Corn: Down 6 to 8
Soybeans: Down 2 to 3
Wheat: Down 5 to 11
Traders have 10 days to wait for USDA verdict on acreage
Grain futures are lower across the board this morning, consolidating recent gains after USDA confirmed slow planting of corn and soybeans in Monday’s Crop Progress update. While traders debate how many acres will be diverted to prevent plant, USDA won’t weigh in on the subject until its June 28 report, an eon for traders holding positions in nervous markets.
Two more storms are lined up to move through the Plains and Midwest over the next week bringing heavy rain from the eastern Plains through the Corn Belt. Official 6 to 10 and 8 to 14-day forecasts out yesterday and the latest updates from the ensemble model this morning show warmer emerging with normal to below normal rainfall only in the South.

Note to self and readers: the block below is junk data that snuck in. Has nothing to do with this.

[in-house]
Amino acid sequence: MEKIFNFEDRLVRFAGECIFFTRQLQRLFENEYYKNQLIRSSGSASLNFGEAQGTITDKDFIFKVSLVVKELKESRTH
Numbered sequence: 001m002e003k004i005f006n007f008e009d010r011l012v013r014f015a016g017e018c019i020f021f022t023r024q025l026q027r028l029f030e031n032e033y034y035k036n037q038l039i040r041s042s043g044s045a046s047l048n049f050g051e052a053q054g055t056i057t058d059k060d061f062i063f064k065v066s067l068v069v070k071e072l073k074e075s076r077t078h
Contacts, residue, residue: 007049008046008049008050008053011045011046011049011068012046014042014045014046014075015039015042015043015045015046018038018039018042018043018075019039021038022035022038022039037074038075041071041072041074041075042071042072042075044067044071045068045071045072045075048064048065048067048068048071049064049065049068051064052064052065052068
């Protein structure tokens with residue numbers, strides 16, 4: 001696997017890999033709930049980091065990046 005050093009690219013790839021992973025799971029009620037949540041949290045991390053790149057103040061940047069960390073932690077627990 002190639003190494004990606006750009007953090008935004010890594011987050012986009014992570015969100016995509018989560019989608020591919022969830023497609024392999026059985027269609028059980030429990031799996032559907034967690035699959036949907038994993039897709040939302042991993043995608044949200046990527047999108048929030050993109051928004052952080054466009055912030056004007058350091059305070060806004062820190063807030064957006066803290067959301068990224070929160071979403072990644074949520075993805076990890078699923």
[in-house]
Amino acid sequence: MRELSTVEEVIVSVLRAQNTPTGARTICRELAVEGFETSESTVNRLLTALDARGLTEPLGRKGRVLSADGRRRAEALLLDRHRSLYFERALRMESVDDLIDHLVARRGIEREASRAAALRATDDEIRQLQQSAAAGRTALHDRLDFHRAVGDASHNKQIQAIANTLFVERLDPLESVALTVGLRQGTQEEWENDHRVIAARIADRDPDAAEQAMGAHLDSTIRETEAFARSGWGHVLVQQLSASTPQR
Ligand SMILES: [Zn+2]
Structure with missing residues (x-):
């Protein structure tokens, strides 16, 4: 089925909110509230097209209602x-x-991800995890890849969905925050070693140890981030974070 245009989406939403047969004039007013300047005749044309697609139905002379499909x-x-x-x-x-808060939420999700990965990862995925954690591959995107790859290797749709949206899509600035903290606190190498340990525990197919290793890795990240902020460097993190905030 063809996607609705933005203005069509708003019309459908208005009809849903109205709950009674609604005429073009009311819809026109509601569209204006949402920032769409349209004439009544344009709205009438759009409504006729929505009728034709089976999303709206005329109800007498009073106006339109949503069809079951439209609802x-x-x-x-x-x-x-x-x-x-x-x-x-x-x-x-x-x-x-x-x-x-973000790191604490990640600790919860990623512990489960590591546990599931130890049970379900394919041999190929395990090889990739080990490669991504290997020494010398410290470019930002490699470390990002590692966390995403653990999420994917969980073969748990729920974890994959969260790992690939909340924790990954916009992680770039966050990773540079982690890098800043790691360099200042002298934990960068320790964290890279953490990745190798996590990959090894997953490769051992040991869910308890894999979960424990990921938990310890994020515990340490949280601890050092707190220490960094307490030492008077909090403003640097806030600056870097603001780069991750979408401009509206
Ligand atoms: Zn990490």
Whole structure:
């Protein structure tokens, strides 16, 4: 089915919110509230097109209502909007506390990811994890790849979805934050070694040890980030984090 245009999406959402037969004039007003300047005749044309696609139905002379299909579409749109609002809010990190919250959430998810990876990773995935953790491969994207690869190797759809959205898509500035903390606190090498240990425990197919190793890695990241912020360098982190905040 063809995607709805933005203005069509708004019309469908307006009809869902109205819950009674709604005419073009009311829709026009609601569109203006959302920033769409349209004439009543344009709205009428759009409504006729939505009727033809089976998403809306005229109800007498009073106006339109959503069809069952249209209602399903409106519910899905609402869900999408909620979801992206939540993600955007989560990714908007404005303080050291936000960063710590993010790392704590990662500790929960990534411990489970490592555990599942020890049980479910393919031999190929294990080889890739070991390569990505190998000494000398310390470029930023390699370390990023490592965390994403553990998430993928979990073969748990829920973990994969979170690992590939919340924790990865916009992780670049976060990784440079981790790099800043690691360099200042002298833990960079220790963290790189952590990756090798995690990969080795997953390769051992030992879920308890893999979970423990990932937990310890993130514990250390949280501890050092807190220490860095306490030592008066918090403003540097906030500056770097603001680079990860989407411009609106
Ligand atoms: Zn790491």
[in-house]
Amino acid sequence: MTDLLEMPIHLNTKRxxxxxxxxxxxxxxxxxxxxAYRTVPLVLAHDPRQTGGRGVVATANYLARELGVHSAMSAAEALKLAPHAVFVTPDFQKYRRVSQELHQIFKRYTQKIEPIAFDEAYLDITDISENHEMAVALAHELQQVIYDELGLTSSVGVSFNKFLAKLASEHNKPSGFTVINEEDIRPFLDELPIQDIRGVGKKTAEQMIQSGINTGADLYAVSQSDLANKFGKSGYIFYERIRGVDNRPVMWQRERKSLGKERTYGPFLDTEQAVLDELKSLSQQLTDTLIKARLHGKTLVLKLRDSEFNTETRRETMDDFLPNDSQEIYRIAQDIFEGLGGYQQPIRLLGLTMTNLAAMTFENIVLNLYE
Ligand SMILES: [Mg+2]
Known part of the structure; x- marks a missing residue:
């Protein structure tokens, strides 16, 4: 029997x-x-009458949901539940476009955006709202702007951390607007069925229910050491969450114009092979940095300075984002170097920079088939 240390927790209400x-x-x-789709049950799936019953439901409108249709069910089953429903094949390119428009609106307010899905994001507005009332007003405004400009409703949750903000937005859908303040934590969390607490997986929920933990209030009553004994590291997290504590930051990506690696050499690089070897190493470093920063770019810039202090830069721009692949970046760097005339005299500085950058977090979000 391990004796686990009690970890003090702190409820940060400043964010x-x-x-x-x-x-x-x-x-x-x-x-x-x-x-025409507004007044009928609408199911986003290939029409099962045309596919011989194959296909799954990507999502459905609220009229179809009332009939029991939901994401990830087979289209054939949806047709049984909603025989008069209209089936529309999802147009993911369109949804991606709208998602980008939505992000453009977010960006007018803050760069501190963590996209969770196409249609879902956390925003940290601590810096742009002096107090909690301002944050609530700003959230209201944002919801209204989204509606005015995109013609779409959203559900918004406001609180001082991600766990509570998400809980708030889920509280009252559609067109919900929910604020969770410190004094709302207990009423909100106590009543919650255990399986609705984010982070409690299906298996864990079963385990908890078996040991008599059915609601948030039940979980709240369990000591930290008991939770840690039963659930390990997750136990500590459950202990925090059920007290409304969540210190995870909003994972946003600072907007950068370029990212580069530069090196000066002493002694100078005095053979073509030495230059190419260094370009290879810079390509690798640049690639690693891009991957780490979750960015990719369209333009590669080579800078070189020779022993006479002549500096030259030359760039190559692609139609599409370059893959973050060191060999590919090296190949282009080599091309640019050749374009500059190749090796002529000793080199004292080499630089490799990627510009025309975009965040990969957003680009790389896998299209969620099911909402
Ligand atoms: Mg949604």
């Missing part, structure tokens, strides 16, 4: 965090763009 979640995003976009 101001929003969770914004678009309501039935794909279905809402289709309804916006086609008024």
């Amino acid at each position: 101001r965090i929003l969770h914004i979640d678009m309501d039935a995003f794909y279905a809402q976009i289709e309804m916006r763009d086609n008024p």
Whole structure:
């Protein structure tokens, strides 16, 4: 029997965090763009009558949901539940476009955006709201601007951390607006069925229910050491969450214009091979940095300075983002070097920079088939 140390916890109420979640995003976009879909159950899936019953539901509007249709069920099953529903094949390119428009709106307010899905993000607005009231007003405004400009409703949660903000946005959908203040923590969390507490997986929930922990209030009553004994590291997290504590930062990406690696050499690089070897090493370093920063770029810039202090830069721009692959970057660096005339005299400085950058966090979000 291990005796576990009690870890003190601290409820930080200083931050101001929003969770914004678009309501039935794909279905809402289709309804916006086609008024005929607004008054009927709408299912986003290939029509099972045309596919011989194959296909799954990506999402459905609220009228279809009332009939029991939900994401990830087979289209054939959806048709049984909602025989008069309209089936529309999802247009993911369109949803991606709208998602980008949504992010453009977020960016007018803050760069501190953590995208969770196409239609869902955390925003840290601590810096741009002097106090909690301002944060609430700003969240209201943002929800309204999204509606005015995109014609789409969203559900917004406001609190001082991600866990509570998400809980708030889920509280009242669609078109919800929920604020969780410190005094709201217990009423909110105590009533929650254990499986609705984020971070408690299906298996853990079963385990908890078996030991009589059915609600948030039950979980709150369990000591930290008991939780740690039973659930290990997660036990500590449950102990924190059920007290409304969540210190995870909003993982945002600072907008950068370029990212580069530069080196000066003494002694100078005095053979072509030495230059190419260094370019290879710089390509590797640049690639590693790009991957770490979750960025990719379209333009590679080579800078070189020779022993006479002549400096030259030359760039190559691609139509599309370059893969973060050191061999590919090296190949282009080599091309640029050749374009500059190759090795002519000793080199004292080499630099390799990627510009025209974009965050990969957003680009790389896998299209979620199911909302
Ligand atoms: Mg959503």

Some growers with unplanted soybeans are taking prevent plant as crop insurance deadlines pass, according to our new survey on Feedback From The Field. But others are still going.
“After 2 inches rain last week gave up on planting any more corn with only 10% in,” said a southeastern Michigan farmer with 70% of the soybeans still in the bag. “Still hoping to plant more beans.”
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While gloom about the impact of trade disputes appears to be spreading through financial markets, that’s not hampering investors from buying stocks, with share prices rallying in Asia and Europe and U.S. index futures pointing to a higher open on Wall Street. Money managers expect lower interest rates will keep stocks an attractive risk as the Federal Reserve starts a two-day meeting on monetary policy today. Betting on Federal Funds futures shows a 25% chance of a cut tomorrow, though that action is more likely to come at the central bank’s next meeting in the end of July.